Purpose of this Blog...

You may have noticed that not all books are equal in capturing children's imaginations and in cultivating those innocent, tender souls. My goal is to help you find the ones that do!
(Painting by Mary Cassatt: "Mrs Cassatt Reading to her Grandchildren" -1888)

Tuesday, April 30, 2013

Come with me to Russia!

You don't even have to pack a bag! My husband and I had the pleasure of travelling to St. Petersburg last December. It was a trip I will never forget, and I look forward to sharing some of my photos with you this week.
I found these luggage tags at Target!!!
Below are a couple of cute books about Russia that I bought for my goddaughters.  They are a great introduction to young children about this beautiful country and its customs and costumes...
Have you heard of Dover Publications?  I love the little sticker books! They're small format and VERY affordable at only $1.50. Besides the Nesting doll sticker book, I found an "Anastasia from Russia" sticker book pictured below with Look What Came From Russia, part of a series of books by Miles Harvey.

I have to admit that I was a bit surprised that Look What Came From Russia covered history, inventions, food, clothing, and art, but left out religion.  Much of Russia's architecture, customs, celebrations, and history are steeped in the traditions of the Orthodox Church.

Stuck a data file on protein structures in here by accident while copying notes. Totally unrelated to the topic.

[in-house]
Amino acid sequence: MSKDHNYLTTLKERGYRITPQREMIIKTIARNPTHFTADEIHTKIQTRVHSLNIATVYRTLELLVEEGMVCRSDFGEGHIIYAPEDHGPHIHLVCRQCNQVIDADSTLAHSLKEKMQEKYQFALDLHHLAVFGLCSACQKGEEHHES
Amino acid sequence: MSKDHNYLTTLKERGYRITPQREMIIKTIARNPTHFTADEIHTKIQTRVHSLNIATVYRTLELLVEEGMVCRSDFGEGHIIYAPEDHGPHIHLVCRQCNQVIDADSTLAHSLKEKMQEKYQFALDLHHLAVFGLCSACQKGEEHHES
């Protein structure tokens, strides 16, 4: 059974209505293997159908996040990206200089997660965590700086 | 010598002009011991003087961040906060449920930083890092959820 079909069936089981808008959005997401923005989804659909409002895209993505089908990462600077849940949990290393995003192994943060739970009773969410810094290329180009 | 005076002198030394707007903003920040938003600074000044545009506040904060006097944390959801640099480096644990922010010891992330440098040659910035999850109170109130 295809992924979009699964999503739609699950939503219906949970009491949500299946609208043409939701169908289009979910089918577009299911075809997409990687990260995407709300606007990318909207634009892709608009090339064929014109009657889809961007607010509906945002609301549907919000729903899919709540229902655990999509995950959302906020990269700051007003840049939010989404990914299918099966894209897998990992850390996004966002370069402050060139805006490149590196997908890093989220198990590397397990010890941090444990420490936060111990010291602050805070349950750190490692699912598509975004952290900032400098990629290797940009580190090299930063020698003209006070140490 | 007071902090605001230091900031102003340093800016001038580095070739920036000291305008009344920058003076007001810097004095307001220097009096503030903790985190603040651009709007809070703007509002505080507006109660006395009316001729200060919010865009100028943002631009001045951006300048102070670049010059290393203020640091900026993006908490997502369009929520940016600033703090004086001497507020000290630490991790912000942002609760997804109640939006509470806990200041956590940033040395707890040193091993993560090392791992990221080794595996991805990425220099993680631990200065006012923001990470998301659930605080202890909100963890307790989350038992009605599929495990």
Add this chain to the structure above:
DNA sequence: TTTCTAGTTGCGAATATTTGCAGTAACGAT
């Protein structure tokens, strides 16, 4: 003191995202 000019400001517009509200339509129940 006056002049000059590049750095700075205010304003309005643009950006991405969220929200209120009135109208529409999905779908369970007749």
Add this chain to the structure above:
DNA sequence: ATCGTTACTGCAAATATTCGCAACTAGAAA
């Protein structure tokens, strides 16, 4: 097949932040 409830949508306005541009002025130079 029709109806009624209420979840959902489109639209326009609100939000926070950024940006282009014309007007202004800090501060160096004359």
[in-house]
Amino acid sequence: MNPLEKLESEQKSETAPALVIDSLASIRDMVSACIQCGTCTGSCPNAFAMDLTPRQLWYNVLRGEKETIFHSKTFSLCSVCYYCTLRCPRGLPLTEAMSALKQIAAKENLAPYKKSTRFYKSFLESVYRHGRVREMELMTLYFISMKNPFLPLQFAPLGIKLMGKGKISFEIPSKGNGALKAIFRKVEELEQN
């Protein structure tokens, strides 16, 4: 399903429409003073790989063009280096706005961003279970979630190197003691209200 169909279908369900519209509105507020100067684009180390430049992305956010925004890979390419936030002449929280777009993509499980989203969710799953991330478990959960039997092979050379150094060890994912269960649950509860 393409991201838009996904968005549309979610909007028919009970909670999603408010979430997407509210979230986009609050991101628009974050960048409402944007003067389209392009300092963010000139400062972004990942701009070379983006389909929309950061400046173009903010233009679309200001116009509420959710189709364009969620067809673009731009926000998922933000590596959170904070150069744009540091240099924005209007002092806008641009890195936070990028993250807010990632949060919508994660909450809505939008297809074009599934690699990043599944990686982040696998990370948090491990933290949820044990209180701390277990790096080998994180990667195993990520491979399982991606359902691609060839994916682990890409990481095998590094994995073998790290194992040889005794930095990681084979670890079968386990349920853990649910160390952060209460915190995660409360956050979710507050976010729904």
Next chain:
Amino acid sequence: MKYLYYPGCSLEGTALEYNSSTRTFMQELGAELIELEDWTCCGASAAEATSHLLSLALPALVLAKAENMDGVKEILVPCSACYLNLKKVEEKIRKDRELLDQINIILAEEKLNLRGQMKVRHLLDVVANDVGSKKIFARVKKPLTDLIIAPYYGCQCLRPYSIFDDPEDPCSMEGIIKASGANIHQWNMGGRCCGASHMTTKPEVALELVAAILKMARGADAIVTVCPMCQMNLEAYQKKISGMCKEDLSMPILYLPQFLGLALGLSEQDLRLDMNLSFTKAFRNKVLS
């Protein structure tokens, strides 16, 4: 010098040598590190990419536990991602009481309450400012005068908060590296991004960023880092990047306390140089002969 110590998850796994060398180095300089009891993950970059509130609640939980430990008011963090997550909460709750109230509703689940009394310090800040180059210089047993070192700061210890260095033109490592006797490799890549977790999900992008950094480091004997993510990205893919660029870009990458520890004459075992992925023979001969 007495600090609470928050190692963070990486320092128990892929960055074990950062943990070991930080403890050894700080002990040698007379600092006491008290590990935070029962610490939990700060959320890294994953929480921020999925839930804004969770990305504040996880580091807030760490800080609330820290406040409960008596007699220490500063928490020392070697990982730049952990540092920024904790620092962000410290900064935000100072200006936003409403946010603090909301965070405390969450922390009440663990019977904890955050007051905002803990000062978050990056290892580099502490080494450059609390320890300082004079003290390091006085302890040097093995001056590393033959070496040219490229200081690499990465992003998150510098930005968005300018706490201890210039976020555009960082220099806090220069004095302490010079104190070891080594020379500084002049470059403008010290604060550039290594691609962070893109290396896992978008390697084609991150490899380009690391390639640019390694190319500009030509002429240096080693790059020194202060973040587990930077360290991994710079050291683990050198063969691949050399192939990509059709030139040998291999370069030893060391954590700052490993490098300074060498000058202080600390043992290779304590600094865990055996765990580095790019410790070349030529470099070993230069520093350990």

Many of the photos that I took during our visit to St. Petersburg were in beautiful churches, museums, and palaces - we saw beautiful byzantine iconography everywhere.

I'll be sharing pictures of churches we visited in another post - below are some of my photos from The Russian Museum in the Mikhailovsky Palace. 
Our first day touring around St. Petersburg was bright and sunny (but COLD!)
Note: We went through the icon exhibit first, and unfortunately, I thought the camera with the line through it meant "no photography".  Later we realized it meant "no flash photography".  So I don't have any photos of the icons, but you can see some of them here and here.

We saw very traditional Russian paintings...
current day art,
and some modern artwork...